• the track contact means are connected to the frames by a forward support arm extending from the forward track contact means rearward to its upper extremity where it is attached to an axle or shaft extending from the frame.
  • the rear track contact means is connected by a rear pivot arm which extends forward from said track contact means to its upper extremity where it is attached to an axle or shaft connected to the frame.
  • the track contact means are each connected to horizontal spring means and preferably interconnected by said spring means.
  • horizontal spring means does not necessarily include only horizontal springs such as horizontal coil springs but includes springs which apply a tensional force to the track contact means in a substantially horizontal plane. Shock absorption devices may or may not be utilized with this suspension system.
  • FIG. 1 is an elevational, partial sectional view of a side of a front-drive snowmobile
  • FIG. 2 is an elevational, partial sectional view of a side of a rear-drive snowmobile
  • FIG. 3 is a side view of another embodiment of the suspension system of this invention.
  • FIG. 4 is a side view of a suspension system wherein separate spring means are attached to the forward and rear track contacting means;
  • FIG. 5 is a plan, sectional view of a rear-drive, dual-truck, bogie wheel system.
  • FIG. 1 a snowmobile is illustrated which has a forward placed power plant which drives a front drive-wheel 10 by a continuous chain 11 about a sprocket 12 connected to the drive-wheel 10 which drives an endless belt 13 which propels the vehicle.
  • the front portion of the vehicle is supported by skiis 15 which may be turned by steering means 16 to guide the vehicle.
  • the rear idler 17 is illustrated as being fixed to the frame, that is, the axle about which said idler (or idlers inasmuch as several idler wheels are usually attached to the same axle) is attached rigidly to the frame, that is. the idler axle does not move in a vertical or horizontal fashion with respect to the frame although it may rotate within a bearing attached to the frame.
  • the front track means comprises a truck composed of bogie wheels which, in FIG. I, are attached to three separate axles with each axle carrying a plurality of wheels.
  • the bogie wheel trucks of this invention usually contain at least two sets of wheels and preferably three sets of wheels as shown in FIG. 1 although four or more sets of wheels may be utilized, especially upon the rear truck.
  • the forward truck is connected by an arm 18 (or a pair of laterally opposed arms) to the frame at the upper extremity of the arm by axle means 19.
  • the arm 18 is connected to the truck frame longitudinal member 20 by axle means 21 preferably between the first set of bogie wheels 22 and the second most forward set of bogie wheels 23.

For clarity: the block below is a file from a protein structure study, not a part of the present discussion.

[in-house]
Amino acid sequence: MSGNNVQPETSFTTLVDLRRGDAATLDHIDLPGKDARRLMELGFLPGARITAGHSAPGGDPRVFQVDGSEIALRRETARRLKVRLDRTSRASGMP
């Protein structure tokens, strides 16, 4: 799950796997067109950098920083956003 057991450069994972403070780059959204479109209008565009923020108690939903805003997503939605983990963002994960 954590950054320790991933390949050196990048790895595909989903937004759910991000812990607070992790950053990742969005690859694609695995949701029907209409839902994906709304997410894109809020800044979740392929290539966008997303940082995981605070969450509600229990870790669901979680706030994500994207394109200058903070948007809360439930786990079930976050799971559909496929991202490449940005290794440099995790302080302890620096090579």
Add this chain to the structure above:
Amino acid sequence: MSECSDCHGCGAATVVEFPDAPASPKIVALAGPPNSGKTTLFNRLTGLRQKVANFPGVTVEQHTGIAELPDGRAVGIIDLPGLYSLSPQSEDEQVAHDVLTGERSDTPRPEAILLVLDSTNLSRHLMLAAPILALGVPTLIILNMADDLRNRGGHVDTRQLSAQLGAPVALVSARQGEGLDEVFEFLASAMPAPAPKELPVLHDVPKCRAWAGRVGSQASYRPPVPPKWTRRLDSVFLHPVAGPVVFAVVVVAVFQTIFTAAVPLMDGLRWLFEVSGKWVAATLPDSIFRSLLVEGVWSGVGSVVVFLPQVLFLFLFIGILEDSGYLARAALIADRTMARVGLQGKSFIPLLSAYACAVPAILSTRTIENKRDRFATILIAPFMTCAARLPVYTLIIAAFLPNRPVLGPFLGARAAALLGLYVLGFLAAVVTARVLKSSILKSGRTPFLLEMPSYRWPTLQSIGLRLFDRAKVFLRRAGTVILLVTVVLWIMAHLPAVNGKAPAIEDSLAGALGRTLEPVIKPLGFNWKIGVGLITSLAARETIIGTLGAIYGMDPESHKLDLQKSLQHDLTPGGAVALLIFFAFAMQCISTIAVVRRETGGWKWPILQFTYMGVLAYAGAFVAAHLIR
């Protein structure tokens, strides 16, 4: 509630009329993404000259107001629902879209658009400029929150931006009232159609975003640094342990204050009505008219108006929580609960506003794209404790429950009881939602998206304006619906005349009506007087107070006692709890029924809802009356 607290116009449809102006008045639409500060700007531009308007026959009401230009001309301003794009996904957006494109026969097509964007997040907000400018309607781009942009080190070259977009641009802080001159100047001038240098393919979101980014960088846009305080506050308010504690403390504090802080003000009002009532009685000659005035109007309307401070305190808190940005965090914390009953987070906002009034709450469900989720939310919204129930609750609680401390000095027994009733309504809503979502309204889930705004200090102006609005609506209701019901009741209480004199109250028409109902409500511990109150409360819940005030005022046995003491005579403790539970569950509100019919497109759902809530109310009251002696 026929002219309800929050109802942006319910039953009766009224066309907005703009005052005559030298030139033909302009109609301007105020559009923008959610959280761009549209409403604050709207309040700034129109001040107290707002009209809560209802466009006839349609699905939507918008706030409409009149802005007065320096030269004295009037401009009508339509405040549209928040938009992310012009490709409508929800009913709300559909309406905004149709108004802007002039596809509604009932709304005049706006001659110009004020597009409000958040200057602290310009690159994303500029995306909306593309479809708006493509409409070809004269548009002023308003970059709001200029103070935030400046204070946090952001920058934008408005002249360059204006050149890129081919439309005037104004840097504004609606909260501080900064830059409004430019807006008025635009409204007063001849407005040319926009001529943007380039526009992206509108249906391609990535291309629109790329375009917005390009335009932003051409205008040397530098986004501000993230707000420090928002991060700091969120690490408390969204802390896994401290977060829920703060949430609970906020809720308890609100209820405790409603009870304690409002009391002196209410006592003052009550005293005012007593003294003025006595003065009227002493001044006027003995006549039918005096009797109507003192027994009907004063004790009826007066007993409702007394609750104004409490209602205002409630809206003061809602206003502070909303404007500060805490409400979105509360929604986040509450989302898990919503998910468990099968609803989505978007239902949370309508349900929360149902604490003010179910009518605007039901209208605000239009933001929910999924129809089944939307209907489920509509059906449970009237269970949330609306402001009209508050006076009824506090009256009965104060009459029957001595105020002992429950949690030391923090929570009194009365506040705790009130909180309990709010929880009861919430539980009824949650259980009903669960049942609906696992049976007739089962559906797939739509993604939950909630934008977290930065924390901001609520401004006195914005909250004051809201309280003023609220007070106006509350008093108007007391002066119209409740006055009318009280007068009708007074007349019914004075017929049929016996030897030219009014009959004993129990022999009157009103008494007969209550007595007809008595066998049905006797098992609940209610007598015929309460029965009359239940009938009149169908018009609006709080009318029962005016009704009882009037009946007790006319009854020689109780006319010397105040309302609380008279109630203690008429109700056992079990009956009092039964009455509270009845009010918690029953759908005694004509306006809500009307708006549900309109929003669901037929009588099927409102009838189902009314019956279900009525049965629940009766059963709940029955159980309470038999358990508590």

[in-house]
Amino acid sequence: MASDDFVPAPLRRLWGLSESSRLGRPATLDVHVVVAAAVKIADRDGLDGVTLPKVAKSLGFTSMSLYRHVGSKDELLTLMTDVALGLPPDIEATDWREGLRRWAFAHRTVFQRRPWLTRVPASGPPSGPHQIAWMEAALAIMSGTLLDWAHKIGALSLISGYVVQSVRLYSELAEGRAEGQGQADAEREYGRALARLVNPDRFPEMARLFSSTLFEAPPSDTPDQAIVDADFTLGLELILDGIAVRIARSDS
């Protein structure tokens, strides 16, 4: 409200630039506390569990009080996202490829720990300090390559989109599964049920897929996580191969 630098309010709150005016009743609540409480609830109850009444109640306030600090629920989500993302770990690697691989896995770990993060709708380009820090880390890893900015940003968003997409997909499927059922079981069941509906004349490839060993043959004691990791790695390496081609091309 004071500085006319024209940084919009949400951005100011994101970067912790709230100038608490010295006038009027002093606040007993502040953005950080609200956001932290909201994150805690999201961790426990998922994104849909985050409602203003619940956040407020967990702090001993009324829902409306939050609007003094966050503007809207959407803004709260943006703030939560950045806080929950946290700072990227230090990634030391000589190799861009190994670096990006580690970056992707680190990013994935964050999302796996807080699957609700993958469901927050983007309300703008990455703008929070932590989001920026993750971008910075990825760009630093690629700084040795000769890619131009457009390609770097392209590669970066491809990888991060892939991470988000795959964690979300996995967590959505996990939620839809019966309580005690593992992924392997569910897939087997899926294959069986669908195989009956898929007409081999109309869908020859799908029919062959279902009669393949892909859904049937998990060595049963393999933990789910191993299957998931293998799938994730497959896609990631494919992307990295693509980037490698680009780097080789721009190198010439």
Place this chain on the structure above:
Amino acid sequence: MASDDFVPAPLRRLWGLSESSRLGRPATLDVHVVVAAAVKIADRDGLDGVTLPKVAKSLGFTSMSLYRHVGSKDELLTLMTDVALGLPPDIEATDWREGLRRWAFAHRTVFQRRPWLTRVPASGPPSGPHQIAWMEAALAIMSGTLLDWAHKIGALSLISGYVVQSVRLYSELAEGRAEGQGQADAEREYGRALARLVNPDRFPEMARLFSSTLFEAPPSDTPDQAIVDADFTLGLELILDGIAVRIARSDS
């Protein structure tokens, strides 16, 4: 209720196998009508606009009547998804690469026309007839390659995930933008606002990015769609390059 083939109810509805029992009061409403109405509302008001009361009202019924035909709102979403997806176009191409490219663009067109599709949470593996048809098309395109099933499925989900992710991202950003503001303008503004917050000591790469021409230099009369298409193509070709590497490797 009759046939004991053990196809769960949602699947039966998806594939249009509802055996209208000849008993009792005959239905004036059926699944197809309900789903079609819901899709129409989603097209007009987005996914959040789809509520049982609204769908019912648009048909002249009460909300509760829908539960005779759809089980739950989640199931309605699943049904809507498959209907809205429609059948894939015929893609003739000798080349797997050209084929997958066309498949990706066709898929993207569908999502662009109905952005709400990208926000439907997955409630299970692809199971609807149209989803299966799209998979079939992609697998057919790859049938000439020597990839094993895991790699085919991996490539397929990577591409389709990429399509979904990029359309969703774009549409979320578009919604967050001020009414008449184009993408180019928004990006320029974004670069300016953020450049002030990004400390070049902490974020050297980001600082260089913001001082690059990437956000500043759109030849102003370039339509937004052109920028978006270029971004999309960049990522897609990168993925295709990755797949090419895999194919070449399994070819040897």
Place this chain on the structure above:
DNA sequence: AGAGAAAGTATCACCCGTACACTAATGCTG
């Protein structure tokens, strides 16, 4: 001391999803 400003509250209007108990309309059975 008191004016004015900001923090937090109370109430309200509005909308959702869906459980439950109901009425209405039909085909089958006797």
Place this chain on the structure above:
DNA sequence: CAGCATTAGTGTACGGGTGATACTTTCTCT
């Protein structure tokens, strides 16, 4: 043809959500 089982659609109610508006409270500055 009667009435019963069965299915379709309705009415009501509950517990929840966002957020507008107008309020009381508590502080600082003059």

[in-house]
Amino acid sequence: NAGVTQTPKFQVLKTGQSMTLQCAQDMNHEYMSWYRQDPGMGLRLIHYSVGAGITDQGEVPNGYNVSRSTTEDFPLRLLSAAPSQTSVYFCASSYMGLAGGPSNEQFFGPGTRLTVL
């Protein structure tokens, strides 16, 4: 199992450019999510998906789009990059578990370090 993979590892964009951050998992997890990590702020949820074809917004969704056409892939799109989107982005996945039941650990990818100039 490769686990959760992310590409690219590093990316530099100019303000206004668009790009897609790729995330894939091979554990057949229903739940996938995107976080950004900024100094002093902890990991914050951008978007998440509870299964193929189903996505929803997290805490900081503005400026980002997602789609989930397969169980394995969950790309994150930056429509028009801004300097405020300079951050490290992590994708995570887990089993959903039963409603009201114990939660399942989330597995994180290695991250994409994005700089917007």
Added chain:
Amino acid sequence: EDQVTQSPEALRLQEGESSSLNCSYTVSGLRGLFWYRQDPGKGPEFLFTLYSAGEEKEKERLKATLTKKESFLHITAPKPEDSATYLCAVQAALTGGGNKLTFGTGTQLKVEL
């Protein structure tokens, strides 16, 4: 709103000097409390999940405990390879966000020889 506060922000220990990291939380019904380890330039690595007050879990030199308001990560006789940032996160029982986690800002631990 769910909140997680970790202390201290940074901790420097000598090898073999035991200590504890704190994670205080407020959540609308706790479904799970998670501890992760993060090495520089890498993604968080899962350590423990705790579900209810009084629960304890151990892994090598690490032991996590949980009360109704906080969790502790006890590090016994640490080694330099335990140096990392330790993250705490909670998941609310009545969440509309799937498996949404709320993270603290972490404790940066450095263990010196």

• the forward set of bogie wheels 22 on the forward truck are slightly elevated above the remainder of the bogie wheels to facilitate packing of soft snow and riding of the truck over obstructions, such as moguls, protruding rocks, and the like.
  • the forward truck is connected by spring means 24 which is illustrated as a horizontal coil spring, to the rear truck.
  • the spring means 24 is connected through a tension adjusting means 25 which may be a conventional turnbuckle to a vertical projection 27 on the forward truck and a vertical projection 28 on the rear truck.
  • the vertical projection 27 on the forward truck is preferably placed between the center and rearrnost set of bogie wheels and is rigidly attached to the truck frame so that a tension force applied by spring means 24 tends to cause the forward truck to rotate about point 21 thereby providing a downward force on the center and rearmost sets of bogie wheels of the forward truck.
  • Similar wheel axles on the rear truck will cause a downward force on said forward section of said rear truck.
  • the interaction of the forward and rear trucks causes the endless track to stay in contact with irregular terrain and to maintain substantially constant tension in the endless track 13.
  • the vertical projection 28 is preferably rigidly attached to the longitudinal frame member 29 of the rear truck.
  • the rear truck is connected to the vehicle frame by the rear support arm 30 which is pivotally attached to the truck frame 29 by axle means 31 located preferably between the rearmost pair of bogie wheels 32 and 33.
  • the rear support arm is connected to the vehicle frame at its upper extremity by axle means 26. Additional forward force may be applied to arm 30 by a torsional, hairpin spring 34 to offset, at least to some extent, the rearward drag on the rearv truck caused by the rearward movement of the endless belt in contact with bogie wheels of the rear truck or due to other shocks or loads causing arm 30 to move to the rear.
  • the hairpin spring 34 may be omitted, although it generally performs a desirable function, especially with rear drive vehicles.
  • One end of the hairpin spring 34 may be attached to the vehicle by bolt means or by means to vary the tension and which may also act as a stop for arm 30 when said arm moves in a rearward direction, thereby preventing interference of bogie wheel 33 and/or the bogie shaft with the rear idler 17.
  • FIG. 2 is an elevational, partial sectional view of a snowmobile having a rear-drive which by means of a chain 36 drives a sprocket 37 attached rigidly to a rear drive-wheel 38.